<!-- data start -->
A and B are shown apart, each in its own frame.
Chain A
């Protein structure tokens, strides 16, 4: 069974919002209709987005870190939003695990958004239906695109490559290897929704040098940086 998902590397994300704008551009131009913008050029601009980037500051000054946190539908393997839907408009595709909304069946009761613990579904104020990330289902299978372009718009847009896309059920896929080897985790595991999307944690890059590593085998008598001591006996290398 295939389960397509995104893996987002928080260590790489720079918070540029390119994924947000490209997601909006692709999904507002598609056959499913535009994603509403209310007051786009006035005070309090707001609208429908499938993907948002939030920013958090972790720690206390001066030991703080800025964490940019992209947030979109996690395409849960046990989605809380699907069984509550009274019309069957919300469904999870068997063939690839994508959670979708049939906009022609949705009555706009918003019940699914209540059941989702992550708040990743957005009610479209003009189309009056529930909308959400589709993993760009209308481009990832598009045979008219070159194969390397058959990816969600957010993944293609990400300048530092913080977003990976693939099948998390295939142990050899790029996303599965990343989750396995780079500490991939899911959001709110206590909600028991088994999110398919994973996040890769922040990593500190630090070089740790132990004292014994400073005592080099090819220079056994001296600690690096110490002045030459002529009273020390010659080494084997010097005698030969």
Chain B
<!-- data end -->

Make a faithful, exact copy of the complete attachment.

A and B are shown apart, each in its own frame.
Chain A
């Protein structure tokens, strides 16, 4: 069974919002209709987005870190939003695990958004239906695109490559290897929704040098940086 998902590397994300704008551009131009913008050029601009980037500051000054946190539908393997839907408009595709909304069946009761613990579904104020990330289902299978372009718009847009896309059920896929080897985790595991999307944690890059590593085998008598001591006996290398 295939389960397509995104893996987002928080260590790489720079918070540029390119994924947000490209997601909006692709999904507002598609056959499913535009994603509403209310007051786009006035005070309090707001609208429908499938993907948002939030920013958090972790720690206390001066030991703080800025964490940019992209947030979109996690395409849960046990989605809380699907069984509550009274019309069957919300469904999870068997063939690839994508959670979708049939906009022609949705009555706009918003019940699914209540059941989702992550708040990743957005009610479209003009189309009056529930909308959400589709993993760009209308481009990832598009045979008219070159194969390397058959990816969600957010993944293609990400300048530092913080977003990976693939099948998390295939142990050899790029996303599965990343989750396995780079500490991939899911959001709110206590909600028991088994999110398919994973996040890769922040990593500190630090070089740790132990004292014994400073005592080099090819220079056994001296600690690096110490002045030459002529009273020390010659080494084997010097005698030969």
Chain B